Even after an election week rife with the almost ethereal reality of change (save, of course, for these soul-crushing blows in California, Florida and Arizona), the story of one small-town Oregon mayoral race glimmers with a special sort of triumph.
Silverton, Oregon, population 9588, has just elected America's first openly transgender-identified mayor.
His name is Stu Rasmussen--and yes, he uses male pronouns. He's also been known to refer to himself as a heterosexual dude, albeit one with breast implants and a wild mane of auburn hair. He's served 20 years as an elected official (including two previous terms as Silverton's mayor in 1988 and 1990), has long been a small-business owner and proponent of the Norman Rockwellian way of Silverton life, and is generally regarded by the community as a damn fine public servant. Rasmussen retreated from public life in the mid-90s, following what Just Out calls his self-described gender identity crisis, but came back to Silverton's city council in 2004 as the city's first gender-fluid elected official. And now, after a landslide victory over incumbent Ken Hector, he's back in the mayorship.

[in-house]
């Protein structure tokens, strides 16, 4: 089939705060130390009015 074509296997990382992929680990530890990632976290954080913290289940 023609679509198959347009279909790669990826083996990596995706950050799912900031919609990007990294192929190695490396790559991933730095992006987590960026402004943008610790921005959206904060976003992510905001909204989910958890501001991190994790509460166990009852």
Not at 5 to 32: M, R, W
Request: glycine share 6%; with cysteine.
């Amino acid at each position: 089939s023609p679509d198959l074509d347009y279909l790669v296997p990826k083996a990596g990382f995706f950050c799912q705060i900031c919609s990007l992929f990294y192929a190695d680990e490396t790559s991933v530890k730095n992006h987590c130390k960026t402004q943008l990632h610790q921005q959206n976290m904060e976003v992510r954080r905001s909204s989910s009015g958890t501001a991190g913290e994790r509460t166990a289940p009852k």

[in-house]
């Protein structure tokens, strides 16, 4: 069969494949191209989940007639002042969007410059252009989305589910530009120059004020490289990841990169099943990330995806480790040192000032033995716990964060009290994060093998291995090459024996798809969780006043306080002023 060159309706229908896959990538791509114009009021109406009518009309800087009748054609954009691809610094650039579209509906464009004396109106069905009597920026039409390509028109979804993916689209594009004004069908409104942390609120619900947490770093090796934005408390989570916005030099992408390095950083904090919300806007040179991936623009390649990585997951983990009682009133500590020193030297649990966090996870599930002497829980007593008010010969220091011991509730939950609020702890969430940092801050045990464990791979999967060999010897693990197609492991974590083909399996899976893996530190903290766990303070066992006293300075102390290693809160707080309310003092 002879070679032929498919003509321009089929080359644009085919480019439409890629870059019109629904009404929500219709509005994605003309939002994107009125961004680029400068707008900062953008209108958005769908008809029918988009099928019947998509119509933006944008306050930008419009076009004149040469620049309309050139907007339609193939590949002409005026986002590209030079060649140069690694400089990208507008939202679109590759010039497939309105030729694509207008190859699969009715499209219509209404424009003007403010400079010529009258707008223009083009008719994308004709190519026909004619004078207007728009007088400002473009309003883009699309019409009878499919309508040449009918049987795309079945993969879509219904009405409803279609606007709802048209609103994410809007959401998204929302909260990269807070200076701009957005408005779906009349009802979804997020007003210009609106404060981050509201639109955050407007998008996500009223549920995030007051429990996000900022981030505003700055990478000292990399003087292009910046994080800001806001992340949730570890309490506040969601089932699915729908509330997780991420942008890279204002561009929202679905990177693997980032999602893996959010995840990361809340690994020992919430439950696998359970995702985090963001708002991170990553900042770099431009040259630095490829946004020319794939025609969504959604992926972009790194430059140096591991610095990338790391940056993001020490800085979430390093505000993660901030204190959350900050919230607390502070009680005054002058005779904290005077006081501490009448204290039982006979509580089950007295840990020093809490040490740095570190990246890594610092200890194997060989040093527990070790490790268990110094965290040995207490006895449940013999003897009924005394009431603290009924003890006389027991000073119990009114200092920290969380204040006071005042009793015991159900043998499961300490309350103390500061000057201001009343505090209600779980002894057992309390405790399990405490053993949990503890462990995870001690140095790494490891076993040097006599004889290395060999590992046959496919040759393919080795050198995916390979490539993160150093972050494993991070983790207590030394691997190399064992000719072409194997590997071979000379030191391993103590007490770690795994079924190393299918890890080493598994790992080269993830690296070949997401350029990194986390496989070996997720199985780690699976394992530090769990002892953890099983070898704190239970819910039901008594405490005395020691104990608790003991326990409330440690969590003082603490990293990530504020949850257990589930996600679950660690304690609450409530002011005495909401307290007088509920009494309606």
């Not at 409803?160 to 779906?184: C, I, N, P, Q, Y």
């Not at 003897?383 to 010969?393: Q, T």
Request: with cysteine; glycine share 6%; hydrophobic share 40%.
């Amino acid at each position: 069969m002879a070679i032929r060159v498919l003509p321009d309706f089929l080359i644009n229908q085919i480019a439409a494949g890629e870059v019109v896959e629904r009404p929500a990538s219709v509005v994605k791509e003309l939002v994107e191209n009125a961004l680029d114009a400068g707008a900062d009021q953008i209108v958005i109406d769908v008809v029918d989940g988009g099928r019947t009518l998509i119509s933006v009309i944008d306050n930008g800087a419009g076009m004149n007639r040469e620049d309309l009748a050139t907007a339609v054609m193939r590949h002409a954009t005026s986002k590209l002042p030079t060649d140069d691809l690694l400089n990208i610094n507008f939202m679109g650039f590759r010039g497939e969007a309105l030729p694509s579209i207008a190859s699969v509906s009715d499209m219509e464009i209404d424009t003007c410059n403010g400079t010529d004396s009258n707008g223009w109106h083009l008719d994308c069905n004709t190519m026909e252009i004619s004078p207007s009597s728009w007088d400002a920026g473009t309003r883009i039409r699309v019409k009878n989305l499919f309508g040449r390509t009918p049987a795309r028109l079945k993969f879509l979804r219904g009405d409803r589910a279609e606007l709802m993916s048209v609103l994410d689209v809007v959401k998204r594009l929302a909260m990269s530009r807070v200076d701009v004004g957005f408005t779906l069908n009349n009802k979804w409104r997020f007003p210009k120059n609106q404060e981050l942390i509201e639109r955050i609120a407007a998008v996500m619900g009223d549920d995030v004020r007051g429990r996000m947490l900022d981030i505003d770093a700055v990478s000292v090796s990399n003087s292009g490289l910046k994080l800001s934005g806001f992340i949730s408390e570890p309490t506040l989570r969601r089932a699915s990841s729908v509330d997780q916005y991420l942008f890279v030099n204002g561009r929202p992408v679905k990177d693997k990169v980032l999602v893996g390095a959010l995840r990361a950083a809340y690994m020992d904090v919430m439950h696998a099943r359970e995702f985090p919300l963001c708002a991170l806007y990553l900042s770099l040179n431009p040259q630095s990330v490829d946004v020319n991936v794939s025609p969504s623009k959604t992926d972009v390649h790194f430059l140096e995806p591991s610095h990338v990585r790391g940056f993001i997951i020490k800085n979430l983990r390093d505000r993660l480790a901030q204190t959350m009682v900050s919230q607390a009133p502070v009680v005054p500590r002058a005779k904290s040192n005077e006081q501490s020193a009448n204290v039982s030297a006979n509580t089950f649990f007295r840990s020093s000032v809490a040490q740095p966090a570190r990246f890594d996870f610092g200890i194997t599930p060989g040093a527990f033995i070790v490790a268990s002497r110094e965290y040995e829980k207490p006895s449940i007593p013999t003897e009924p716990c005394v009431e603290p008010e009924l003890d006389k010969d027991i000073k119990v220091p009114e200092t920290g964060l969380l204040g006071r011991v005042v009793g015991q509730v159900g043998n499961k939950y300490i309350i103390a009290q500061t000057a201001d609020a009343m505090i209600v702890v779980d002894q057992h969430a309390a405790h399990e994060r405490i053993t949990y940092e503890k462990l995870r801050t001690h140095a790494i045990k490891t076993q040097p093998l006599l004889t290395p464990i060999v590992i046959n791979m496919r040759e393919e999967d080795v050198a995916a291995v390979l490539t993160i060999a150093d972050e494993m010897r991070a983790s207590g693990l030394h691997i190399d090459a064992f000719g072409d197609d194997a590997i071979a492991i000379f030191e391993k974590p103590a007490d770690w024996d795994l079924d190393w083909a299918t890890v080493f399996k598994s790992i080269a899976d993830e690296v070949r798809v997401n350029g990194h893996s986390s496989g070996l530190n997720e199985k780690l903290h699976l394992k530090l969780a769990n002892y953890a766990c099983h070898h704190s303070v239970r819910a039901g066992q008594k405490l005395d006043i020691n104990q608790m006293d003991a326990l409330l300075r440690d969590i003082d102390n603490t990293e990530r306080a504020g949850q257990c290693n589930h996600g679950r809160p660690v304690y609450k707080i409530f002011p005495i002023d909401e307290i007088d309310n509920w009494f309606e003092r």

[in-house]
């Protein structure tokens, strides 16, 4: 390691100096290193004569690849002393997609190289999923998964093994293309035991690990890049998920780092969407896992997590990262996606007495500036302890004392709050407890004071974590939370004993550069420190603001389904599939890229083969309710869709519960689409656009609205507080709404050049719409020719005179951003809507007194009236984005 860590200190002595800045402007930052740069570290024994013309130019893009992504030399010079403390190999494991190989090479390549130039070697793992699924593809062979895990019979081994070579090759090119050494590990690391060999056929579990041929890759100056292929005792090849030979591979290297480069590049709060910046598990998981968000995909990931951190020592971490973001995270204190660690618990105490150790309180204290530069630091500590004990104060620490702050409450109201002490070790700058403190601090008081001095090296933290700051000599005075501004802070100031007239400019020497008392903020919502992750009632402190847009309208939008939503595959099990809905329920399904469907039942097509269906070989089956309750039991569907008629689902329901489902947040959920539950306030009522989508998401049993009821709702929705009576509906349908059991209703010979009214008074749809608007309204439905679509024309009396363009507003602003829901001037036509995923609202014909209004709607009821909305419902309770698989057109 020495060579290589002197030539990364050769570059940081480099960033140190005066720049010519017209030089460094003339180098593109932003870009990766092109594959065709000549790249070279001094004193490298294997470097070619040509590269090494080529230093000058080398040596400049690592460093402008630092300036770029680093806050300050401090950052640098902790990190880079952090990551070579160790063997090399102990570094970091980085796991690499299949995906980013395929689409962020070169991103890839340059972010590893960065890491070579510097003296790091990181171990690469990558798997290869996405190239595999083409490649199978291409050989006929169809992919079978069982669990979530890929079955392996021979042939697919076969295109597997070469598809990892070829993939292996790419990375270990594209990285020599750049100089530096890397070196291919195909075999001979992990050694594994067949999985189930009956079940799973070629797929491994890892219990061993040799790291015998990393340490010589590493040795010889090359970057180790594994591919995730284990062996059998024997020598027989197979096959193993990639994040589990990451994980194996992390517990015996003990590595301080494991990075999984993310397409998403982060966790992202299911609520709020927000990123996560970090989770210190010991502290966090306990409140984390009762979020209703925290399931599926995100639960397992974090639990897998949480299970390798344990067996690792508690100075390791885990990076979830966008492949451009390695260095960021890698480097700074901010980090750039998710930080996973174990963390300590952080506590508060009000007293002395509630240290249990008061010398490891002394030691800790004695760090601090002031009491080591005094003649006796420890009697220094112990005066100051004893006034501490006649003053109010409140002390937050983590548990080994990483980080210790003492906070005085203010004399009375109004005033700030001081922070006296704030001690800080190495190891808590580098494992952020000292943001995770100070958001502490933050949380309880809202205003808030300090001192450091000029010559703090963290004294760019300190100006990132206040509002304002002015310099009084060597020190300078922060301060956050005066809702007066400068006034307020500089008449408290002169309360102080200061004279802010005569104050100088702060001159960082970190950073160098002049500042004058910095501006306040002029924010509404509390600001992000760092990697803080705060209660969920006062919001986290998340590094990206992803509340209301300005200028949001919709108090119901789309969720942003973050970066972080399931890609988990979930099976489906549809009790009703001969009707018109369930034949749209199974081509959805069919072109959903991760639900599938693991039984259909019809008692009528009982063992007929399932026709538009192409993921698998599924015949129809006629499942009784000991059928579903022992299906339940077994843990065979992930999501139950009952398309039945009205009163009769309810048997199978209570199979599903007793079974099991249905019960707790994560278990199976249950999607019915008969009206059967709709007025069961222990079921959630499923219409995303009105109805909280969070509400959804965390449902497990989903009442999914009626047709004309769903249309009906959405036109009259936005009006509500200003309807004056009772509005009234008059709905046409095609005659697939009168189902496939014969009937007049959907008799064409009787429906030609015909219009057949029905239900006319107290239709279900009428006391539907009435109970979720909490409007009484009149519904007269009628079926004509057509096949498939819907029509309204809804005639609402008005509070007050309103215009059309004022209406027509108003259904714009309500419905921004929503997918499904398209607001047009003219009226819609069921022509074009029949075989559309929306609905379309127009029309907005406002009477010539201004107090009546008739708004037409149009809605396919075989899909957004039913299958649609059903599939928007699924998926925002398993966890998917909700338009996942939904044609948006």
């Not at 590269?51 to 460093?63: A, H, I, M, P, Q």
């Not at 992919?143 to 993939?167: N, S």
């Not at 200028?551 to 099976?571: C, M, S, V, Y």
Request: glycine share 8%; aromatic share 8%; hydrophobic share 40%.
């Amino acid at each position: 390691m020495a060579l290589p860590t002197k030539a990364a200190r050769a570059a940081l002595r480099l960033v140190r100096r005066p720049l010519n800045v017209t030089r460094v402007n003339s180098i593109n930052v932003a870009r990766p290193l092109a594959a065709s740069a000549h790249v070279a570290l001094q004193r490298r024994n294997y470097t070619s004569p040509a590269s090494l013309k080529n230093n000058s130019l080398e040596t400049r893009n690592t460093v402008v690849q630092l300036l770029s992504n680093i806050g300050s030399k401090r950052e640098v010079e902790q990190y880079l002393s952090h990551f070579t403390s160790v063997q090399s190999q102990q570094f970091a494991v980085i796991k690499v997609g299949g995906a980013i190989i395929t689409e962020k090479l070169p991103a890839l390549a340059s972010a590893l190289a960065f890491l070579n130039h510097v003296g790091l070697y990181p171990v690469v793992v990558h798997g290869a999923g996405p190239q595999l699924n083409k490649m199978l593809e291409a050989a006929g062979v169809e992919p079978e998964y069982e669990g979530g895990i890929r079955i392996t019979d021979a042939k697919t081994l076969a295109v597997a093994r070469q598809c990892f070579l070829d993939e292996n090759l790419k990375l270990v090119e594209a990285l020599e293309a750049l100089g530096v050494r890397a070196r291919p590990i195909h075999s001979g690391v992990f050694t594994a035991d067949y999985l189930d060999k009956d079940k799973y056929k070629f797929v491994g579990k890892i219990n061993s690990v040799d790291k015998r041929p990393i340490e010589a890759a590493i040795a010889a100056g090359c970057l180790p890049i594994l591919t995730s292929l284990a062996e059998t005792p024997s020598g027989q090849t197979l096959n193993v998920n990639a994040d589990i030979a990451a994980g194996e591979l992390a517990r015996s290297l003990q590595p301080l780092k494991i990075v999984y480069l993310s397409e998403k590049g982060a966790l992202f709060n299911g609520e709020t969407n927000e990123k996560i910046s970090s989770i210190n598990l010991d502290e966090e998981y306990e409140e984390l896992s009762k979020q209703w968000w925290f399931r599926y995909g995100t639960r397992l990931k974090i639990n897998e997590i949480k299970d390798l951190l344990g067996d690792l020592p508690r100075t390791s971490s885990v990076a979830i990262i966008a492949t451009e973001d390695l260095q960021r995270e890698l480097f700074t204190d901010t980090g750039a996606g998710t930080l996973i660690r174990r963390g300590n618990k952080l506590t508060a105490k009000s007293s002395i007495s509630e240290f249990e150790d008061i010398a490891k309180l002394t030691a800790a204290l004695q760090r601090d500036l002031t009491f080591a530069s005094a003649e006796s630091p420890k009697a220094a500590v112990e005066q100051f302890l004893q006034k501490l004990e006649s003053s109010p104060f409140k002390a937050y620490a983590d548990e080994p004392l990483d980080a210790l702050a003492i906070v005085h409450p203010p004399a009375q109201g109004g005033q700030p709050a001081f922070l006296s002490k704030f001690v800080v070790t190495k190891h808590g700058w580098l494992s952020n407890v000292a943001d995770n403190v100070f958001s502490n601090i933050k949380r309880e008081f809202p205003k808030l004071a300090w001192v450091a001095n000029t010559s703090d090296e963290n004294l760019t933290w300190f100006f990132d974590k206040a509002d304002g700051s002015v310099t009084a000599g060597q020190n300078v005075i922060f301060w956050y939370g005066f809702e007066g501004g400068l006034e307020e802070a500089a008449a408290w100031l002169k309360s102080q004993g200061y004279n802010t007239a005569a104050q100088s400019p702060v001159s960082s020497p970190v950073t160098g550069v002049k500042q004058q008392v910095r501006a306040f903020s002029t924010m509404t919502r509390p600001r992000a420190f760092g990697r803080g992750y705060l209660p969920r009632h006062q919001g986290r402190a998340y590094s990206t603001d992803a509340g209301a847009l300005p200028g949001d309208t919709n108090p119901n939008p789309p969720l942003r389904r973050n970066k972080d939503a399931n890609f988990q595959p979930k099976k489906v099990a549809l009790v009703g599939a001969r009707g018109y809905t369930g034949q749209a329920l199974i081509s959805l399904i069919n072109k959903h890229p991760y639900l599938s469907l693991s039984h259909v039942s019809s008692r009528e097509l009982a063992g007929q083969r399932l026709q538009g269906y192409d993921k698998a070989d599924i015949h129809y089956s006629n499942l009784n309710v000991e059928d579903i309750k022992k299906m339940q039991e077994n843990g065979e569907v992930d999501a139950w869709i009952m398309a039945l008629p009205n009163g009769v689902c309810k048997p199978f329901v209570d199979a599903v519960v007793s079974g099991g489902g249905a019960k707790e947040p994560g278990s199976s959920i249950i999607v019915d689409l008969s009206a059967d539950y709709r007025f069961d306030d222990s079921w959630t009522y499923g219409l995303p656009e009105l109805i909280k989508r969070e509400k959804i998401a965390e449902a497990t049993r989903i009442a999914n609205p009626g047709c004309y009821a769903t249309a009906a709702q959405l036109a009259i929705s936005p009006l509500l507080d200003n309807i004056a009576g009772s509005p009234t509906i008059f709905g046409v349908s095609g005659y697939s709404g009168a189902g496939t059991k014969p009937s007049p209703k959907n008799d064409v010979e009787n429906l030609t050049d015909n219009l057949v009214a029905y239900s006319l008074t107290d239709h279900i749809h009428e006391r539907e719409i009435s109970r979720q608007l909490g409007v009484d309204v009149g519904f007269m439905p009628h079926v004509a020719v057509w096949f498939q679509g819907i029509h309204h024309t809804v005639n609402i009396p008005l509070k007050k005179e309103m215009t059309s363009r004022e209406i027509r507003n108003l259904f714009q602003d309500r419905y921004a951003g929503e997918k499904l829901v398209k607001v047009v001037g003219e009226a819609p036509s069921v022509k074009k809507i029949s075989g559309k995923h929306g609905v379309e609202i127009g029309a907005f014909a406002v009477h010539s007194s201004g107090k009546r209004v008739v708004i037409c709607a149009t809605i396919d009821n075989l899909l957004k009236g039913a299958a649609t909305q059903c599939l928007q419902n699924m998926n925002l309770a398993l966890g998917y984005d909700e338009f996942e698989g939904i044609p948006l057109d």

But tiny as Silverton may be, this certainly isn't a novel little region story. In an election cycle that berated candidates for not adhering to the standard political accoutrements, that sometimes felt like a school-yard competition for most patriotic, most true-blue American, most plain old normal, Rasmussen's candidacy, let alone his victory, flew in the face of another deep-rooted fear. And though his presence in Silverton isn't quite the same as putting a gender-fluid candidate on the national stage, it still serves as an example of a people not so afraid after all. I, for one, couldn't be more excited.
Read more about Stu Rasmussen's story in Just Out --they've done some incredible reporting on this.
The opinions expressed on the BUST blog are those of the authors themselves and do not necessarily reflect the position of BUST Magazine or its staff.
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